The length of those five days I can convey no idea of to any one. They occupy the place of years in my remembrance. The way in which I listened to all the incidents of the house that made themselves audible to me; the ringing of bells, the opening and shutting of doors, the murmuring of voices, the footsteps on the stairs; to any laughing, whistling, or singing, outside, which seemed more dismal than anything else to me in my solitude and disgrace—the uncertain pace of the hours, especially at night, when I would wake thinking it was morning, and find that the family were not yet gone to bed, and that all the length of night had yet to come—the depressed dreams and nightmares I had—the return of day, noon, afternoon, evening, when the boys played in the churchyard, and I watched them from a distance within the room, being ashamed to show myself at the window lest they should know I was a prisoner—the strange sensation of never hearing myself speak—the fleeting intervals of something like cheerfulness, which came with eating and drinking, and went away with it—the setting in of rain one evening, with a fresh smell, and its coming down faster and faster between me and the church, until it and gathering night seemed to quench me in gloom, and fear, and remorse—all this appears to have gone round and round for years instead of days, it is so vividly and strongly stamped on my remembrance.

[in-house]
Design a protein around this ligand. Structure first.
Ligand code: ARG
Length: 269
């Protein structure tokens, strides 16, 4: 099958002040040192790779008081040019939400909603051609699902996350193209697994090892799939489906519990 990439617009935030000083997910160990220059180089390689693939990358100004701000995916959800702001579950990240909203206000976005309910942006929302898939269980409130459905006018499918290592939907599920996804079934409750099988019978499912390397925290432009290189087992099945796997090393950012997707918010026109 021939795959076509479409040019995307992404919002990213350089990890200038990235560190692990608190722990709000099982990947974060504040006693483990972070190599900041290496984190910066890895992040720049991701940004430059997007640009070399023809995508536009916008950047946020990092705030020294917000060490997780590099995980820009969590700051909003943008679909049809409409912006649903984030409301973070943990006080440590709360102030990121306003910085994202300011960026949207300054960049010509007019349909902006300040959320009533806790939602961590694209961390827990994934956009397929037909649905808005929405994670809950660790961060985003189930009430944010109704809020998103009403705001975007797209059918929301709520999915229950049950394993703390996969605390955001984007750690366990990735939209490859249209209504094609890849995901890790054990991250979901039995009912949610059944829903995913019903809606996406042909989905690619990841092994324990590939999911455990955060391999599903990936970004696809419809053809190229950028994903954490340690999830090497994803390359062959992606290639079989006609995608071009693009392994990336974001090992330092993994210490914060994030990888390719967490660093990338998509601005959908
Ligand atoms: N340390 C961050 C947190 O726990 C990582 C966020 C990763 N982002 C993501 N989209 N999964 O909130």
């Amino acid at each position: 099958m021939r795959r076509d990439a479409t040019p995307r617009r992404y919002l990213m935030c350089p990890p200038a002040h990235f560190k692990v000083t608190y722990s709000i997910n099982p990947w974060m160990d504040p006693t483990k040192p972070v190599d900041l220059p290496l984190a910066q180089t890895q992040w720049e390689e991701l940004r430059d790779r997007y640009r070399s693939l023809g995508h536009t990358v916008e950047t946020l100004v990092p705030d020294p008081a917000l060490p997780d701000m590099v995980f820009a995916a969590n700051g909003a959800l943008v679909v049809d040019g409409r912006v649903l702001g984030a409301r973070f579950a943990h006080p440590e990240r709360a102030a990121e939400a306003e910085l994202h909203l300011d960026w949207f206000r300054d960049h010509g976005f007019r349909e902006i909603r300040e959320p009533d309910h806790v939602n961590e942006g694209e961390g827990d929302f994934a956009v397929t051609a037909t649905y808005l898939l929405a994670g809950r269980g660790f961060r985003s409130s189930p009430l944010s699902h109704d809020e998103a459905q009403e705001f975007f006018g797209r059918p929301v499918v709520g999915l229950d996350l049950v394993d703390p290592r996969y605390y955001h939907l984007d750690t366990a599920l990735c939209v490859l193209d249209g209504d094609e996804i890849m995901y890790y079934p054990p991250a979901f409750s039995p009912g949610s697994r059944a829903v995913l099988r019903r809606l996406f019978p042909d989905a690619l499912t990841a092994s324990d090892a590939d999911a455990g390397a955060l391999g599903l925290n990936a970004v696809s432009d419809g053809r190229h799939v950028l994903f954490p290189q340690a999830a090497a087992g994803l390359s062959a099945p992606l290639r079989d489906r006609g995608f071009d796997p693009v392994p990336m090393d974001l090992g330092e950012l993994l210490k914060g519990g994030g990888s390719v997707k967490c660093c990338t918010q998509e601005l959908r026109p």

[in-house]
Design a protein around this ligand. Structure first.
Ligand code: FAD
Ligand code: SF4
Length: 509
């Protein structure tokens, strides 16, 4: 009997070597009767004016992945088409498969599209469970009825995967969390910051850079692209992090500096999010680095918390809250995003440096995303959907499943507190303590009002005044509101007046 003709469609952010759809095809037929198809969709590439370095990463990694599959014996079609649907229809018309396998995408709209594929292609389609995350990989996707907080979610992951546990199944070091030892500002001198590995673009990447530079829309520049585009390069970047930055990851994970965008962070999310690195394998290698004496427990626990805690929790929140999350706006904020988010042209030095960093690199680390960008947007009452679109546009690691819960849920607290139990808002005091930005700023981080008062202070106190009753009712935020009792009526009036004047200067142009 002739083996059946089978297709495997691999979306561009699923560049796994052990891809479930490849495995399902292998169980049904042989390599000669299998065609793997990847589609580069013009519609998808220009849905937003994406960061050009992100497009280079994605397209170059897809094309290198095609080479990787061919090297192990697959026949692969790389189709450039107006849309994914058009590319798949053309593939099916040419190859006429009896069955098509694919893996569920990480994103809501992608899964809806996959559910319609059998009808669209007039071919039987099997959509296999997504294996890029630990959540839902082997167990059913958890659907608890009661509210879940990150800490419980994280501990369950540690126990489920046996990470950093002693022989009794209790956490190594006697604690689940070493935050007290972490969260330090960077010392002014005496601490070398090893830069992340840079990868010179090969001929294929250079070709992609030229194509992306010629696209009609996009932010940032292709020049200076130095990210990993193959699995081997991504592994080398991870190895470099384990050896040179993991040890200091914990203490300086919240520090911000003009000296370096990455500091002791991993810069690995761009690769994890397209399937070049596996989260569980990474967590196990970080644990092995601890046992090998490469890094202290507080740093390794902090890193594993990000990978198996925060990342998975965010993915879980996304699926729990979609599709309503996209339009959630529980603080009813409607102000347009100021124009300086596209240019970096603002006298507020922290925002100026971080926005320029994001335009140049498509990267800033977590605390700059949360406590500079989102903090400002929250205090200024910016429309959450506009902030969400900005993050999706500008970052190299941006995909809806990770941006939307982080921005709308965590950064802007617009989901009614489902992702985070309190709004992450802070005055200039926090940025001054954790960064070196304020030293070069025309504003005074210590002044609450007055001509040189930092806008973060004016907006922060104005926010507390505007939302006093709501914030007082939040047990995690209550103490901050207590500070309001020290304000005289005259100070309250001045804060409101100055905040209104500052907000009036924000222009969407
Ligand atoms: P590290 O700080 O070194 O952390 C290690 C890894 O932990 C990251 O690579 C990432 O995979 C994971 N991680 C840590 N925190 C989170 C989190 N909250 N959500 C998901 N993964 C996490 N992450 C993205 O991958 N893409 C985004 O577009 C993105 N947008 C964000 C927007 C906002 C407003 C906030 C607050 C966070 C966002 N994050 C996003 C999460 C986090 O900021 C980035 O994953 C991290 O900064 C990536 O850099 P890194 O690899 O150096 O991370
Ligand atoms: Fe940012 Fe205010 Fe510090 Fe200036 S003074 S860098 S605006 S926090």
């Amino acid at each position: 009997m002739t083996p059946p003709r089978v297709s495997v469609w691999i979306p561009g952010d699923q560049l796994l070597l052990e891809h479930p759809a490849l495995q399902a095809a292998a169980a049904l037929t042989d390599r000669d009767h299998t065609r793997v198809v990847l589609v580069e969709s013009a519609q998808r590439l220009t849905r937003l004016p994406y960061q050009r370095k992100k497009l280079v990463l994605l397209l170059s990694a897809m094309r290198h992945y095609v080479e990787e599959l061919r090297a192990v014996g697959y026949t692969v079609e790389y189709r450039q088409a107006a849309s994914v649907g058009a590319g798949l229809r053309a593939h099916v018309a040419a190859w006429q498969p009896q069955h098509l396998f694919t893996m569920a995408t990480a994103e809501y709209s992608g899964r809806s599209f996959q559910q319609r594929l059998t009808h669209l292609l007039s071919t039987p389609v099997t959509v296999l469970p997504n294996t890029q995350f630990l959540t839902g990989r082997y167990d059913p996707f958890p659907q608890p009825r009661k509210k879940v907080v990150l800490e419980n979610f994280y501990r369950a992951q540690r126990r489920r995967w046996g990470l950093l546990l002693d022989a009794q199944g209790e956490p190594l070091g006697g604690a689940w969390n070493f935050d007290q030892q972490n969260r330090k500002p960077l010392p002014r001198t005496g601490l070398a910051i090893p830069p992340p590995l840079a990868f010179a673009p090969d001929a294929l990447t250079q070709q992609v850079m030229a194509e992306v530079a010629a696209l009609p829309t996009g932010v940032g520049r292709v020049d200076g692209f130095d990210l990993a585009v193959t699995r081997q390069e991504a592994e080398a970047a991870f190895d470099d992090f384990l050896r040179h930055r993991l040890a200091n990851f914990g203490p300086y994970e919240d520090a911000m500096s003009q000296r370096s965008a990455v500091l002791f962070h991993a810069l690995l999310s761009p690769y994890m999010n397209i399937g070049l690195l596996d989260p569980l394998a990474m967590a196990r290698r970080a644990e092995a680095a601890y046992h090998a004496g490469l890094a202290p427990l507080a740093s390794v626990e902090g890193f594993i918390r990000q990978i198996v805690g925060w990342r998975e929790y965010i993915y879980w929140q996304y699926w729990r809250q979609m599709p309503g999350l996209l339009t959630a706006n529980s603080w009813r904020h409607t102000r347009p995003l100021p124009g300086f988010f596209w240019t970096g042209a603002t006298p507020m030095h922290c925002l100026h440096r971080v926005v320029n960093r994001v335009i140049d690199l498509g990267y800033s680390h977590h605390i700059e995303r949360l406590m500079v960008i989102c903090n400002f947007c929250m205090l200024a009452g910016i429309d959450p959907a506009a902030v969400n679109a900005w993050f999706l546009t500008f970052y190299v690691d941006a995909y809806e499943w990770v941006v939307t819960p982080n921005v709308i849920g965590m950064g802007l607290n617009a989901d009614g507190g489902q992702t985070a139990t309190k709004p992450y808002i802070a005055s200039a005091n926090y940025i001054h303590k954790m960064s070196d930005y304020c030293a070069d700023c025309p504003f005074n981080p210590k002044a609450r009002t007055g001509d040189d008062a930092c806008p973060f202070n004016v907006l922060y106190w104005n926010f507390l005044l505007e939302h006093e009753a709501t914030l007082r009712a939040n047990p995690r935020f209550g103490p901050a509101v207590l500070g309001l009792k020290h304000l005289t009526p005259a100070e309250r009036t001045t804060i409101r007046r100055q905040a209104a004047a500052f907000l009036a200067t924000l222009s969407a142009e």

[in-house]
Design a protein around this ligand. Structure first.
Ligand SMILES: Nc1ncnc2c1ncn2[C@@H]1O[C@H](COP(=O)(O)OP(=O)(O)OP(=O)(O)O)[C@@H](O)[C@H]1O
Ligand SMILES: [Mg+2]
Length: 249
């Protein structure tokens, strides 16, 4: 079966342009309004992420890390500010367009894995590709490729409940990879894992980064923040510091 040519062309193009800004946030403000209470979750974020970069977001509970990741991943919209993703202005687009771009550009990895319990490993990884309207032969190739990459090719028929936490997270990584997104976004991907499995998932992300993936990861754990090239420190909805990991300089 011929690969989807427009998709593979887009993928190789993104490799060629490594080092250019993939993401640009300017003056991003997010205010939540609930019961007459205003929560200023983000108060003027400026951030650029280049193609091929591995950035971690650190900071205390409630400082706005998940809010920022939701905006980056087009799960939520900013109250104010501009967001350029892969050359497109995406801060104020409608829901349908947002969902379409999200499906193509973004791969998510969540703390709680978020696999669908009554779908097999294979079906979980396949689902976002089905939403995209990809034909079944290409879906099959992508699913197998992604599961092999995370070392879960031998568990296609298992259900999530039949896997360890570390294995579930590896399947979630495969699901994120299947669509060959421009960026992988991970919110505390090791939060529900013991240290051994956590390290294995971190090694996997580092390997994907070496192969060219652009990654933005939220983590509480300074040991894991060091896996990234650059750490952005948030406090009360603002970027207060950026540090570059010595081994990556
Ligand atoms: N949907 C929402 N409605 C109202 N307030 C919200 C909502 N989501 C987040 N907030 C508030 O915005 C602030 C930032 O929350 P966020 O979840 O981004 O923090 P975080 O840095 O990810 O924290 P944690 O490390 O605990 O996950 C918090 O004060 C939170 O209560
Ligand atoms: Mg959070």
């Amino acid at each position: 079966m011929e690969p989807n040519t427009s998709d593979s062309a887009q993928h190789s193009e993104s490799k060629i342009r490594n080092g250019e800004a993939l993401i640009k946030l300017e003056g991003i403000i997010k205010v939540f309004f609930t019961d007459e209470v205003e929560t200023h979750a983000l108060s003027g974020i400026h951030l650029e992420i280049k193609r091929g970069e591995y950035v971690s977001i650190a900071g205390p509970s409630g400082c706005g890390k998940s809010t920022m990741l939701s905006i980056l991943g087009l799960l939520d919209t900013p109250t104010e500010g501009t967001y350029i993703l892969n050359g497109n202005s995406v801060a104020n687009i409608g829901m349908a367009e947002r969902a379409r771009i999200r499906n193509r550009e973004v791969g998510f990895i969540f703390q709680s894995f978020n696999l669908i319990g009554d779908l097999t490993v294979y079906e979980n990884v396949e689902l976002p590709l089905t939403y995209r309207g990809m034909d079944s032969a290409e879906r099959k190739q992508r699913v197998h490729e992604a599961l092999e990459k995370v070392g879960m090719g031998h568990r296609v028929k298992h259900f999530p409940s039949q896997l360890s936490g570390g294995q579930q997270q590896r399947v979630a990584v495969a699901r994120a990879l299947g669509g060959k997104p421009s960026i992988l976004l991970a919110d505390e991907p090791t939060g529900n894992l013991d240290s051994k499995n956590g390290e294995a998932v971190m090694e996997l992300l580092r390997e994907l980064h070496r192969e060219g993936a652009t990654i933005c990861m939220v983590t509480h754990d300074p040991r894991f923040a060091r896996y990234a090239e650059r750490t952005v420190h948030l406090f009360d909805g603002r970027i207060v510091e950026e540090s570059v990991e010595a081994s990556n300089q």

What a scene-painter Dickens is! The details in this passage so effortlessly put me, the reader, inside David’s wretched experience that they brings tears to my eyes, as if I were him. Movies can play with our emotions like this fairly easily, thanks to the aid of visuals and music to accompany the script, but it is much, much harder to accomplish with just the written word, with description only. Because Dickens is so good at getting us inside David’s head, because his reminiscing through David is so poignant, heartbreaking and at times hilarious, this book is a delight to read. My personal favorite.